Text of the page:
The 77 atolls, 35 banks, 21 lagoonless coral islands, 5 reef-encircled volcanic islands, and 2 raised “phosphate” islands in the Gilbert, Marshall, and Caroline groups extend from 132° to 177° East Long, and from 15° North to 3° South Lat. The seamounts are located on three types of submarine trends: The Gilberts, Ralik and Radak chains of the Marshalls, and eastern Carolines lie on gently arcuate trends with each member perched as an individual; the west-central Carolines evidence no regional alignment or arrangement but lie on a broad rise 1000 fathoms high; Yap and Palau are small island arcs. The submarine slopes of the seamounts average from 25° to 35° for the upper 1000 fathoms.

The Gilbert atolls are abnormally shallow and manifest slight regional tilting and excessive variation of reef width from windward to leeward. Aranuka has a bank at lagoon depth that extends several miles beyond the western reef margin.

The Marshall atolls exhibit remarkably uniform reef widths and lagoon depths. Kwajalein has a lagoon area of 663 square miles. Aur is tilted to the south and evidences no detrital filling or leveling; Eniwetok has a current that affects only one fourth the lagoon, yet it is the same depth throughout.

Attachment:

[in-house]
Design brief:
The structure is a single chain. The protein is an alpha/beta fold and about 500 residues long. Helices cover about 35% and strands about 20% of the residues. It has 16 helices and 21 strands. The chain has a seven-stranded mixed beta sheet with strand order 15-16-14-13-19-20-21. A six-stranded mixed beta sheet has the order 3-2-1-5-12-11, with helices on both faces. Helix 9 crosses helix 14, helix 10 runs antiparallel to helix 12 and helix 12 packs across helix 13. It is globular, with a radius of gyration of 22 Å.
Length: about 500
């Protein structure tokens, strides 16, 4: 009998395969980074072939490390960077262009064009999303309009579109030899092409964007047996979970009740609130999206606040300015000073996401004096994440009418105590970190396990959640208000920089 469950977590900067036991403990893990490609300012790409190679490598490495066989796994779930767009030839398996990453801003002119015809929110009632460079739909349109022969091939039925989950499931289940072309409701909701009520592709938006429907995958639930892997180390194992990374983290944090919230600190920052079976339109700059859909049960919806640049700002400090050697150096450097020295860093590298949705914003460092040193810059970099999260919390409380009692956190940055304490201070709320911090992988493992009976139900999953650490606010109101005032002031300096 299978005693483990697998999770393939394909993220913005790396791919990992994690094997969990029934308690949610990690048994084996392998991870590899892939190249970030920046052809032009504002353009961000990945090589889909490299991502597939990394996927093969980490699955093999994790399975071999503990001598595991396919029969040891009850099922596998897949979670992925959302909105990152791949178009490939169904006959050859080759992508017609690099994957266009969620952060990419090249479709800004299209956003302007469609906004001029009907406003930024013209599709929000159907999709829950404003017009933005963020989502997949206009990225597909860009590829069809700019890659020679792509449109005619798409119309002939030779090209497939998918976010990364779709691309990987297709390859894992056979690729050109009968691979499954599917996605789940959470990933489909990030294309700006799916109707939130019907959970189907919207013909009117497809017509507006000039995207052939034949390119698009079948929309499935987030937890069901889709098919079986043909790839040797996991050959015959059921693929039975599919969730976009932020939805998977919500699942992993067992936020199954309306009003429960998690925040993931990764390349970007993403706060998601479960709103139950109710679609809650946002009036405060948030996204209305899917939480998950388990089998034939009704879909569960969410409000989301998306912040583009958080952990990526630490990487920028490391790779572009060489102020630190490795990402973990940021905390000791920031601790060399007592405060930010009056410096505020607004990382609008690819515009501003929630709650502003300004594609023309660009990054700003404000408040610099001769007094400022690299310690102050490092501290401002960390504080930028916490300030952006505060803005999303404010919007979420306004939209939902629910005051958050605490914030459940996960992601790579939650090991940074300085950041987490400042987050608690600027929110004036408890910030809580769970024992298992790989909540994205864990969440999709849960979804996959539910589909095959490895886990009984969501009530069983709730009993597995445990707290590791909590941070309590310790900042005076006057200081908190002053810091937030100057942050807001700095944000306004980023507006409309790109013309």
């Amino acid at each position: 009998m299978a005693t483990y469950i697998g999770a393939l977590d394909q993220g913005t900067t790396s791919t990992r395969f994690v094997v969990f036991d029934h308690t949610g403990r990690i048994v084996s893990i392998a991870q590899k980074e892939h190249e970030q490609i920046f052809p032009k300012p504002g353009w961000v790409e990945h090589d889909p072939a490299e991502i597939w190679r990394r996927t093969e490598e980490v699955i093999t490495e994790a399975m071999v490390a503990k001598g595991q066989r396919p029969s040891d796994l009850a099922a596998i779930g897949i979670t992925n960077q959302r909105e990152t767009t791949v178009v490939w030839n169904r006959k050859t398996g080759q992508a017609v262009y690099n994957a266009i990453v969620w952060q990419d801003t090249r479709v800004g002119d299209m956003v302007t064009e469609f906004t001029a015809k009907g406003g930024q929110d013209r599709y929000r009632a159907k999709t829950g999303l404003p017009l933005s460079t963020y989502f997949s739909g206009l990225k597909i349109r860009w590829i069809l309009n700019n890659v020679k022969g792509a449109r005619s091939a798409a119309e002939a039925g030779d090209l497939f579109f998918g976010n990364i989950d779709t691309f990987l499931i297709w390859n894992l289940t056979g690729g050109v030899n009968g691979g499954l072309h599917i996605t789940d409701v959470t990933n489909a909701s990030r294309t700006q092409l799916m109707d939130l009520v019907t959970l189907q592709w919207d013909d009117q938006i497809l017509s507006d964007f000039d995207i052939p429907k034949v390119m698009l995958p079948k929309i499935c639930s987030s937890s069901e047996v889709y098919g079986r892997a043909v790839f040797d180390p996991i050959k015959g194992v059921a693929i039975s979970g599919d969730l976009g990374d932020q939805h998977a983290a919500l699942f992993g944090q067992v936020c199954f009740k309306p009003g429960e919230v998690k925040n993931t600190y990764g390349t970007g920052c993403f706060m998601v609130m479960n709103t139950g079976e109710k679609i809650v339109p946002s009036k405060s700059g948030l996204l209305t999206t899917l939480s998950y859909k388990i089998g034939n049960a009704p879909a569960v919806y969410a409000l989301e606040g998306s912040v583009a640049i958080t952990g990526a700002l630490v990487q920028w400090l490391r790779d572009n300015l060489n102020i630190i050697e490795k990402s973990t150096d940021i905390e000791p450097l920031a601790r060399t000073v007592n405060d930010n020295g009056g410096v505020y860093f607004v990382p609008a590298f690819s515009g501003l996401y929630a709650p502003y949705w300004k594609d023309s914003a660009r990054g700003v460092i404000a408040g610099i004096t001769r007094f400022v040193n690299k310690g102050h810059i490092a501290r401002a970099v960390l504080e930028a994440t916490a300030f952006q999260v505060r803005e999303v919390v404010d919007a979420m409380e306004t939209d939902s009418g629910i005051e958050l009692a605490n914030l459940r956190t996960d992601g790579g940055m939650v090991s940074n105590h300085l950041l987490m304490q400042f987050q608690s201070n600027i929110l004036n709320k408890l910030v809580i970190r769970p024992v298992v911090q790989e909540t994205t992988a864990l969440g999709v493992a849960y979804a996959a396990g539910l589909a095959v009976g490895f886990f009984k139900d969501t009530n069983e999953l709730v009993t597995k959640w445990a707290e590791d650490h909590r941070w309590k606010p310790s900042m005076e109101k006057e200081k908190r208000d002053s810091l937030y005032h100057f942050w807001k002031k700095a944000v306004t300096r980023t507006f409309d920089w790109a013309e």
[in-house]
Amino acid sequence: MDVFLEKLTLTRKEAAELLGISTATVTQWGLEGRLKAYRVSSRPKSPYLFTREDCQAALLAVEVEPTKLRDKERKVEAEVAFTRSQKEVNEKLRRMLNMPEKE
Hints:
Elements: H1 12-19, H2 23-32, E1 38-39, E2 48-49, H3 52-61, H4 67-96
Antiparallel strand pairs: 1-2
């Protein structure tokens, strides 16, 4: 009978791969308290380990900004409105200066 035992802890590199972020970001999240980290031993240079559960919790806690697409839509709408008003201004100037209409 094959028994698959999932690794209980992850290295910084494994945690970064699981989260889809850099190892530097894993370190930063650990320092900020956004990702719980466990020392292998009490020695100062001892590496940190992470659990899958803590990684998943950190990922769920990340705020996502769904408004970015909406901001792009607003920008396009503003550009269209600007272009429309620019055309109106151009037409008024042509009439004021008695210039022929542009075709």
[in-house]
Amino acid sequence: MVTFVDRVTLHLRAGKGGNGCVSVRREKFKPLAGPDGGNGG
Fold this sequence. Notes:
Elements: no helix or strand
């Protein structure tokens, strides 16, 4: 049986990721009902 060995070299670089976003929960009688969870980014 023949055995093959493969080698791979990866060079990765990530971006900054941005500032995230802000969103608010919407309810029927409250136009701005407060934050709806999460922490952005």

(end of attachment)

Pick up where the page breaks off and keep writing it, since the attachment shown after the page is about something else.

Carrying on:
In the Carolines, Zohhoiiyoru, Kapingamarangi, Oroluk, Nomwin, and Murilo have abnormal lagoon floors that condemn detrital leveling; Ngatik, 87 fathoms, and Nukuoro, a “two-story” atoll, in turn condemn detrital filling. In the west-central Carolines none of the banks lie under more than 50 fathoms, and Gray Feather and Mogami, the two largest, are separated by a narrow shallow passage with rim reef growth on each side, evidence incompatible with the sheath-like coral growth that should accompany major subsidence. The reef-encircled volcanic islands have truncated spurs and cliffed shorelines; reef widths and lagoon floors are normal.

The accordance of lagoon and bank depths, the uniformity of reef width, the absence of inboard detrital slopes, pass notches, and outboard deltas, the general absence of coral causeways or piers, the angularity of shape, the demonstrated inefficacy of detrital filling and leveling, and the presence of truncated spurs and cliffed shore lines all indicate seamount truncation during the Pleistocene.

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